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Walter Zenk
,
Andreas Pinck
,
Sylvia Becker
, and
Pierre Tillier

Abstract

The World Ocean Circulation Experiment has established Lagrangian observations with neutrally buoyant floats as a routine tool in the study of deep-sea currents. Here a novel variant of the well-proven RAFOS concept for seeding floats at locations where they can be triggered on a timed basis is introduced. This cost-effective method obviates the need to revisit sites with a high-priced research vessel each time floats are to be deployed. It enables multiple Lagrangian time series, for example, for the observation of intermediate point sources of water masses, which are independent but have identical start points. This can be done even in environmentally challenging regions such as below the ice. The successfully tested autonomous float park concept does not rely on a release carousel moored on the seafloor. Instead, a second release was added to the standard RAFOS float for optional delay of regular drift missions. A float park can easily be installed by a conductivity–temperature–depth recorder system with a slightly modified rosette sampler.

Full access
Andreas Schiller
,
Fraser Davidson
,
Paul M. DiGiacomo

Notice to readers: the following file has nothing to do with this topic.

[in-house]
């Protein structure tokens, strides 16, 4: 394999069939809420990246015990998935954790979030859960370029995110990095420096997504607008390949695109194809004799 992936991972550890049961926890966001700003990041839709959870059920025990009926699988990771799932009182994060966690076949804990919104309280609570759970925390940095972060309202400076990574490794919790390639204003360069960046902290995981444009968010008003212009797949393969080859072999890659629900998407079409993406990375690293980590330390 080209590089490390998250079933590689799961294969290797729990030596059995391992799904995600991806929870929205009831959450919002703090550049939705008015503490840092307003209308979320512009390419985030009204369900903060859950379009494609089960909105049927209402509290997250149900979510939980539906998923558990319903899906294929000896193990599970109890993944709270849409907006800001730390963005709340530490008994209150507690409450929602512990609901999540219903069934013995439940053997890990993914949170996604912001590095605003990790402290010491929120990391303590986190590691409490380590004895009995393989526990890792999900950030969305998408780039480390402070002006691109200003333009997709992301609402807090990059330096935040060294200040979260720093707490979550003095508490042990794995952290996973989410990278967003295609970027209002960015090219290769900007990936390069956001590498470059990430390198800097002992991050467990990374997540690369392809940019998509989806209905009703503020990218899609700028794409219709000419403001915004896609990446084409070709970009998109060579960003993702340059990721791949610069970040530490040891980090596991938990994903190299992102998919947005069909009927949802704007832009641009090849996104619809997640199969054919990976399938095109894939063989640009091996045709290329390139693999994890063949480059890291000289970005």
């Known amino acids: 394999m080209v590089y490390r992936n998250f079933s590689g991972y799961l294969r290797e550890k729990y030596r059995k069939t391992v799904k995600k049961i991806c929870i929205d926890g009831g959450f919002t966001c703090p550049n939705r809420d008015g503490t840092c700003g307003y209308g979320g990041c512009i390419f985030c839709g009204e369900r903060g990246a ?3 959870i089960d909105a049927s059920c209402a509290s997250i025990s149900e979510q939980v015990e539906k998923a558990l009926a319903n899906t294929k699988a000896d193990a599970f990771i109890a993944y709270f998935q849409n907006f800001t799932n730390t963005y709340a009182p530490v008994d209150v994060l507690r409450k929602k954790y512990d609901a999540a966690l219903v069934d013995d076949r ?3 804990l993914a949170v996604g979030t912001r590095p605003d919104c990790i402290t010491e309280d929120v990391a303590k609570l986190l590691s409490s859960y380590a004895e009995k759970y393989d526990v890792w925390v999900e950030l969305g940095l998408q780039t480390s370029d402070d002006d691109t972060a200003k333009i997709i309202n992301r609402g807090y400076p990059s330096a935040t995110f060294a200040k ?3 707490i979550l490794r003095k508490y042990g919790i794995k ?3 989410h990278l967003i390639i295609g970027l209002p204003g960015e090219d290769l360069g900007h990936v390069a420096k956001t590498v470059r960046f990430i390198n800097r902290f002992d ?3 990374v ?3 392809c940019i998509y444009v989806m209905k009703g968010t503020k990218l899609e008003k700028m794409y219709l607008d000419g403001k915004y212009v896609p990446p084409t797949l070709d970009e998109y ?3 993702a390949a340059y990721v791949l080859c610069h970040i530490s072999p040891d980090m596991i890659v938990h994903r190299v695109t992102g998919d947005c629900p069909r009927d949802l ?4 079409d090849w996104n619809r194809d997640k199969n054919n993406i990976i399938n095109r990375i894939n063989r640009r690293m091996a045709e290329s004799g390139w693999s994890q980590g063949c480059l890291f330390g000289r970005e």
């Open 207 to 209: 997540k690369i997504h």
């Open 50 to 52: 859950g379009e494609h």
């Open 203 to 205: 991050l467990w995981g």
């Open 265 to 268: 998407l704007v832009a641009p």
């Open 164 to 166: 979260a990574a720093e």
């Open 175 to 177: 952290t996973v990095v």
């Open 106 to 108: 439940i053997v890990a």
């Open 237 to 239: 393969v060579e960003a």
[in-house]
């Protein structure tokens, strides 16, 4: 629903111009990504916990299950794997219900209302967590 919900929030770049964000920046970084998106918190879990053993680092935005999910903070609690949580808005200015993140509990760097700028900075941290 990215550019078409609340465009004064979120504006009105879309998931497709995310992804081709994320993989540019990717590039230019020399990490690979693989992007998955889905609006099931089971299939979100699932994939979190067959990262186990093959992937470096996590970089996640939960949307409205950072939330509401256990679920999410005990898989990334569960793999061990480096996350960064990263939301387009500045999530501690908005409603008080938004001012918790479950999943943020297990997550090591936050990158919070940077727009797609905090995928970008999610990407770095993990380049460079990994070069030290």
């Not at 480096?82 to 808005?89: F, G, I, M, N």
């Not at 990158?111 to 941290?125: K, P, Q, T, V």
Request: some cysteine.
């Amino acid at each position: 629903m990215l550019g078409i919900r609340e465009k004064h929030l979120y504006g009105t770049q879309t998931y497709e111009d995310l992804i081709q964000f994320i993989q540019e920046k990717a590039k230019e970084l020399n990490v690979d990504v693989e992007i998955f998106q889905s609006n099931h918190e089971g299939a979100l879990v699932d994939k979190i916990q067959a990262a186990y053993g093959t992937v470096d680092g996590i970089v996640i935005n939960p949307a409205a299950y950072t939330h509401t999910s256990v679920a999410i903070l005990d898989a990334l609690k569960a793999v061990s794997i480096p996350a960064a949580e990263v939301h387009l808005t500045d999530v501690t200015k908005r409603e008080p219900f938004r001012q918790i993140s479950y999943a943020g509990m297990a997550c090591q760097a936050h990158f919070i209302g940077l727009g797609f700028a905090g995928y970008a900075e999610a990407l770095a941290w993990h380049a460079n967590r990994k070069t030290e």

, and
Kirsten Wilmer-Becker
Full access
Elke Rustemeier
,
Markus Ziese
,
Anja Meyer-Christoffer
,
Udo Schneider
,
Peter Finger
, and
Andreas Becker

Abstract

The uncertainty of the precipitation parameter in the ECMWF twentieth-century (ERA-20C) centennial reanalysis is assessed by means of a comparison with the GPCC in situ product Full Data Monthly Version 7 (FDM-V7). For the spatial and temporal validation of ERA-20C, global temporal scores were calculated on monthly, seasonal, and annual time scales. These include contingency table scores, correlations, and differences in the trend, along with time series analyses. Not surprisingly, the regions with the strongest deviations correspond to regions with data scarcity, such as mountainous regions with their upwind and downwind effects, and monsoon regions. They all show a strong systematic bias (ERA-20C minus FDM-V7) and significant breaks in the time series. The mean annual global bias is about 37 mm, and the median is about 8 mm yr−1. Among the largest mean annual biases are, for example, 3361 mm in the southern Andes, 2603 mm in the Western Ghats, and 2682 mm in Papua New Guinea. However, if there is high station density, the precipitation distribution is correctly reproduced, even in orographically demanding regions such as the Alps.

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Kristina Trusilova
,
Barbara Früh
,
Susanne Brienen
,
Andreas Walter
,
Valéry Masson
,
Grégoire Pigeon
, and
Paul Becker

Abstract